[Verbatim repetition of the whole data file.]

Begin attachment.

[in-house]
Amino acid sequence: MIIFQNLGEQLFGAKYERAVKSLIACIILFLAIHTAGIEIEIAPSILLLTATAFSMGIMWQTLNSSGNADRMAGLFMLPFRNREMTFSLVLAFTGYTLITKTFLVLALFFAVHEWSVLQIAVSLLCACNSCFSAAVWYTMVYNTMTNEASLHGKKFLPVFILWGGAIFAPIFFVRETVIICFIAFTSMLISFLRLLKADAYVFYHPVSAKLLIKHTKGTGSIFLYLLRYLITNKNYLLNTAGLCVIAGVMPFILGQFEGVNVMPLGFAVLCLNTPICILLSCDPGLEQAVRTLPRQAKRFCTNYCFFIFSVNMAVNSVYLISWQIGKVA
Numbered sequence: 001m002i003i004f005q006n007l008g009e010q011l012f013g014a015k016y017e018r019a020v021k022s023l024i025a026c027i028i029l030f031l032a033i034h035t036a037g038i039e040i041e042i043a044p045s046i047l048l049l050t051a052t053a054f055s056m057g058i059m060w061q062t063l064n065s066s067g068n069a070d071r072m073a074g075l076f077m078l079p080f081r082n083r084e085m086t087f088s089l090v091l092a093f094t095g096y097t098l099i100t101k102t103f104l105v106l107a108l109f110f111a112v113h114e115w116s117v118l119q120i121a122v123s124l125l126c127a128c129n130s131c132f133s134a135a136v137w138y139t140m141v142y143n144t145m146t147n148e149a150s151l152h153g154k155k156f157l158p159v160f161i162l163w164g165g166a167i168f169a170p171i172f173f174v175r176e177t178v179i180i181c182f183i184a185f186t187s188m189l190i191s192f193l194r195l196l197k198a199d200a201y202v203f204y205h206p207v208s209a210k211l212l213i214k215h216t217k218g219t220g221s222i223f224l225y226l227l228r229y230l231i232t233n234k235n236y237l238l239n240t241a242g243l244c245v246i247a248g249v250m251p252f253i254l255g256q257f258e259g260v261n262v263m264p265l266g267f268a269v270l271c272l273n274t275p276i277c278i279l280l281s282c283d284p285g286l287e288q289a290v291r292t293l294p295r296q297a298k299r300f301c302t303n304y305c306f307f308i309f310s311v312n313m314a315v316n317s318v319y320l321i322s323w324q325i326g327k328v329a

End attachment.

[in-house]
Amino acid sequence: MIIFQNLGEQLFGAKYERAVKSLIACIILFLAIHTAGIEIEIAPSILLLTATAFSMGIMWQTLNSSGNADRMAGLFMLPFRNREMTFSLVLAFTGYTLITKTFLVLALFFAVHEWSVLQIAVSLLCACNSCFSAAVWYTMVYNTMTNEASLHGKKFLPVFILWGGAIFAPIFFVRETVIICFIAFTSMLISFLRLLKADAYVFYHPVSAKLLIKHTKGTGSIFLYLLRYLITNKNYLLNTAGLCVIAGVMPFILGQFEGVNVMPLGFAVLCLNTPICILLSCDPGLEQAVRTLPRQAKRFCTNYCFFIFSVNMAVNSVYLISWQIGKVA
Numbered sequence: 001m002i003i004f005q006n007l008g009e010q011l012f013g014a015k016y017e018r019a020v021k022s023l024i025a026c027i028i029l030f031l032a033i034h035t036a037g038i039e040i041e042i043a044p045s046i047l048l049l050t051a052t053a054f055s056m057g058i059m060w061q062t063l064n065s066s067g068n069a070d071r072m073a074g075l076f077m078l079p080f081r082n083r084e085m086t087f088s089l090v091l092a093f094t095g096y097t098l099i100t101k102t103f104l105v106l107a108l109f110f111a112v113h114e115w116s117v118l119q120i121a122v123s124l125l126c127a128c129n130s131c132f133s134a135a136v137w138y139t140m141v142y143n144t145m146t147n148e149a150s151l152h153g154k155k156f157l158p159v160f161i162l163w164g165g166a167i168f169a170p171i172f173f174v175r176e177t178v179i180i181c182f183i184a185f186t187s188m189l190i191s192f193l194r195l196l197k198a199d200a201y202v203f204y205h206p207v208s209a210k211l212l213i214k215h216t217k218g219t220g221s222i223f224l225y226l227l228r229y230l231i232t233n234k235n236y237l238l239n240t241a242g243l244c245v246i247a248g249v250m251p252f253i254l255g256q257f258e259g260v261n262v263m264p265l266g267f268a269v270l271c272l273n274t275p276i277c278i279l280l281s282c283d284p285g286l287e288q289a290v291r292t293l294p295r296q297a298k299r300f301c302t303n304y305c306f307f308i309f310s311v312n313m314a315v316n317s318v319y320l321i322s323w324q325i326g327k328v329a